HOUSTON (ICIS)--Measures intended to slow the spread of the coronavirus (Covid-19) are gumming up international trade flows and imposing logistical bottlenecks on supply chains.
In some cases, countries are concerned about letting foreign ships into ports, said Zachary Moore, ICIS deputy managing editor, Americas. He was among several speakers in a webinar, part of a series being hosted by ICIS.
In other cases, port workers are having trouble getting to work because of quarantines or other restrictions intended to fight the coronavirus.
India has imposed a broad lockdown, and this is leading to delays or even cancellations.
Trade barriers are also arising among the countries in Latin America, said Luly Stephens, ICIS markets editor. Some cities are in lockdown.
Moore said such trade barriers are even starting to appear among the countries in Europe, which previously lacked such restrictions.
These disruptions to trade are coming at a bad time for US producers, who spent much of the past decade building new polyethylene (PE) plants with the intention of exporting much of their product to foreign markets.
The PE intended for export is now finding its way back to the domestic markets in the US, Moore said.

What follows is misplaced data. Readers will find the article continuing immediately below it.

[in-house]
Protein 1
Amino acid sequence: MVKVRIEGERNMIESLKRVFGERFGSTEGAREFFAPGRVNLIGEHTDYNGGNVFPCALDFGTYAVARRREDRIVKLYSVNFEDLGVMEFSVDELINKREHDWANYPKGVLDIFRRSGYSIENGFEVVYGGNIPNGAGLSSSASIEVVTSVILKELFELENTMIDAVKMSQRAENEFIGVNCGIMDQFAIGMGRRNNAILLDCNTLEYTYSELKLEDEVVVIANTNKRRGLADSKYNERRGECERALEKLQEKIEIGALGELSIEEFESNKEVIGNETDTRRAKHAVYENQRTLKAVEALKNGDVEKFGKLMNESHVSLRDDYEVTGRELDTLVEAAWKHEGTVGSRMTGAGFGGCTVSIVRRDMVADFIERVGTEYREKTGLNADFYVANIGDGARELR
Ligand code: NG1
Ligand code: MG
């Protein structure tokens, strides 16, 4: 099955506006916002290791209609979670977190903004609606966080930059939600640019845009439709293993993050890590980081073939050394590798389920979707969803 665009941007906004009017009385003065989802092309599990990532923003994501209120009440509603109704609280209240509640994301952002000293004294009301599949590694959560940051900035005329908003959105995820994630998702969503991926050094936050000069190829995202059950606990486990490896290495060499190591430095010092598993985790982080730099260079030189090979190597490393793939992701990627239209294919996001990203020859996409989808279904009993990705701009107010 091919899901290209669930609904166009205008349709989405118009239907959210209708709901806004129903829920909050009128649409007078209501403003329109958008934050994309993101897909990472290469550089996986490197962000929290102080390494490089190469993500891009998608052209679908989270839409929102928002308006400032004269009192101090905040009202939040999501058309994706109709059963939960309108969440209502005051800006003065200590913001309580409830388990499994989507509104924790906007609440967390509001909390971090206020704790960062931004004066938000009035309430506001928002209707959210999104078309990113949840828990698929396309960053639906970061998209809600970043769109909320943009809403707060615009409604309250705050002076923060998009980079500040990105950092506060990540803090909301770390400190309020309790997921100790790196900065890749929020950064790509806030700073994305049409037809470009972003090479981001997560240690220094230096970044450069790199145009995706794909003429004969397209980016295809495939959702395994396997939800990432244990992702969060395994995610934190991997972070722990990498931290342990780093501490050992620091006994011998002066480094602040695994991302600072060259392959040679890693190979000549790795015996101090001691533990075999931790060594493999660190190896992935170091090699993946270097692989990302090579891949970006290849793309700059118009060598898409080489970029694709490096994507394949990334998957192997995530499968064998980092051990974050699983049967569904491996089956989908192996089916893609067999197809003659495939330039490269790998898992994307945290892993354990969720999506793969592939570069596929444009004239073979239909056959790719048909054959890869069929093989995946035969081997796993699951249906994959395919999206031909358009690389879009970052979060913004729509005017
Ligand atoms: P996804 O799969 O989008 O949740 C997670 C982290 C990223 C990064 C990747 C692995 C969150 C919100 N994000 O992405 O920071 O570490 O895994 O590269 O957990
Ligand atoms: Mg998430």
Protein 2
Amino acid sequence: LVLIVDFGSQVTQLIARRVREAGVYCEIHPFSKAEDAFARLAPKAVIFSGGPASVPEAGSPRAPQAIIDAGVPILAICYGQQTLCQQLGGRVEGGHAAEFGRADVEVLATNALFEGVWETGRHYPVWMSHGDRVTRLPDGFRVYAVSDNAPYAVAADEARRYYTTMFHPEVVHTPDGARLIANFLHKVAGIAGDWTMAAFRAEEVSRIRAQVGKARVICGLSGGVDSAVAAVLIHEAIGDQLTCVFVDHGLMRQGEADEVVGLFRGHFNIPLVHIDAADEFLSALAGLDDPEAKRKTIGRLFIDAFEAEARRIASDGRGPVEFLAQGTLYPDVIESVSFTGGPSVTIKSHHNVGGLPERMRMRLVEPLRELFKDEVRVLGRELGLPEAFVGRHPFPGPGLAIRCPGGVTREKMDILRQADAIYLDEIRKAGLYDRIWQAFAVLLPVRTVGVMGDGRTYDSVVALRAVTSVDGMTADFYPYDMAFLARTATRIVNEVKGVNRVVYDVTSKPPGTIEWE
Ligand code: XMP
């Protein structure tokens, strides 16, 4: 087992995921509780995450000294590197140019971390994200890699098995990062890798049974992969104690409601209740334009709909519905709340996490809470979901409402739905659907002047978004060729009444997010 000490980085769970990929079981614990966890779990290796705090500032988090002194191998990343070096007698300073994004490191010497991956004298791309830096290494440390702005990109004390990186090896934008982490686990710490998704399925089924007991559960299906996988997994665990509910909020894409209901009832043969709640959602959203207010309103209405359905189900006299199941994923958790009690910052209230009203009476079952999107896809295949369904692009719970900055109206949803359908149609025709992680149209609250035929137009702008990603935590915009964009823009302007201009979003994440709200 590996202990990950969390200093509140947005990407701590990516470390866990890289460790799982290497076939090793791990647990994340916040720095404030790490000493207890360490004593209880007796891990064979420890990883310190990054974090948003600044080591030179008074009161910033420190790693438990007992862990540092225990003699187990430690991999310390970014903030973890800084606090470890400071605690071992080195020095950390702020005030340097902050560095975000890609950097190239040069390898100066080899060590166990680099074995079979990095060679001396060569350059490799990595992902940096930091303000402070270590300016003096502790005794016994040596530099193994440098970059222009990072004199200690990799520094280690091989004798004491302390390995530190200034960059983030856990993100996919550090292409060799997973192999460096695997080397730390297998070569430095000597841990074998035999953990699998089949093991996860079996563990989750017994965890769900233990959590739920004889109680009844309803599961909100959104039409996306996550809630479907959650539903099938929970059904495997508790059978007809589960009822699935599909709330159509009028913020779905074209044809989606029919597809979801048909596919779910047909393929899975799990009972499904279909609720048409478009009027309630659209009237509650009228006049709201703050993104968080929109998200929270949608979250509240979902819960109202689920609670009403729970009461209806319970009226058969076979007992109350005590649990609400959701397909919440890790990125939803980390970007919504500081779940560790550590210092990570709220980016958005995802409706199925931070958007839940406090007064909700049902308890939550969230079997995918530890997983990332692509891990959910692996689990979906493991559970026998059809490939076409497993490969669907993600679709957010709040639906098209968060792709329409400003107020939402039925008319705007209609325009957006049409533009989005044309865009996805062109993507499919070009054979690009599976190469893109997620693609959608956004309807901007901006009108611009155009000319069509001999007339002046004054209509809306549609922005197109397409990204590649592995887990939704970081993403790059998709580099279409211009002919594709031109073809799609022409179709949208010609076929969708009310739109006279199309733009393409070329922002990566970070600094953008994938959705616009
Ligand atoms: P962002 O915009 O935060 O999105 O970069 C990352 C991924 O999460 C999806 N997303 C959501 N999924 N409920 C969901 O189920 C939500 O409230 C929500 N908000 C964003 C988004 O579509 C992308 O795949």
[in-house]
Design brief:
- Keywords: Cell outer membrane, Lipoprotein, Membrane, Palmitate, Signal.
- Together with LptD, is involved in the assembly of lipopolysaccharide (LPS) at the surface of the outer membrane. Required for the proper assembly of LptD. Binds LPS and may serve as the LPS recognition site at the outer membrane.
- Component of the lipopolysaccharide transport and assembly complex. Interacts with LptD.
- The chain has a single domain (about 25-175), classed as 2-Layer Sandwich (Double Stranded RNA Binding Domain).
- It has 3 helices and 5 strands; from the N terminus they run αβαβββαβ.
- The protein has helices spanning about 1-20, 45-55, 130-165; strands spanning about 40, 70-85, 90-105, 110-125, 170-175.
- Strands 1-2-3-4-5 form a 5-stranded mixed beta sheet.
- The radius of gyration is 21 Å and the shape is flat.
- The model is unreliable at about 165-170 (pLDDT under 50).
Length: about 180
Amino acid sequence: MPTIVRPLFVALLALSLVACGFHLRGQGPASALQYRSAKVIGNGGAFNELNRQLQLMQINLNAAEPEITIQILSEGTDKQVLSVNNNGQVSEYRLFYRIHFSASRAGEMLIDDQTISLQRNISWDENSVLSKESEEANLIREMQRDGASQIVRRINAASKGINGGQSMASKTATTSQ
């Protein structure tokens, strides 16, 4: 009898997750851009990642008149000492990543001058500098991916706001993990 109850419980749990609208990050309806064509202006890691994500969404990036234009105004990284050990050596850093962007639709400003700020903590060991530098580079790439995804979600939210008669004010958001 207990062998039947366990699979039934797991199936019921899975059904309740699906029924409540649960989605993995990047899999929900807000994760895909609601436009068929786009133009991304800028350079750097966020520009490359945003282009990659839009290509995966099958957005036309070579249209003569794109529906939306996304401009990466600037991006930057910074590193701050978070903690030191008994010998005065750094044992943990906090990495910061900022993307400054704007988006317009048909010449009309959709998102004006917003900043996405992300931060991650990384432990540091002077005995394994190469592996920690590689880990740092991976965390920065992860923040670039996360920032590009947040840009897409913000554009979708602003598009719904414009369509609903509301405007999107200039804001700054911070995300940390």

For shipments across the Pacific, logistical bottlenecks could take about four weeks to manifest themselves, said James Ray, ICIS vice president of consulting - Americas.
The restrictions to shipping have limited the availability of containers, Moore said.
Ray said this could be aggravated by quarantines, which could impede the return of containers back to their home countries.
All of these logistical headaches could cause some producers to start maintaining strategic inventories of critical feedstocks, which, if depleted, could lead to shutdowns.
Some producers may rely on regional suppliers to secure such strategic raw materials, Ray said.
He does not expect this will happen with commodities, since companies have multiple sources for these materials.
Wednesday's webinar recording is available here.
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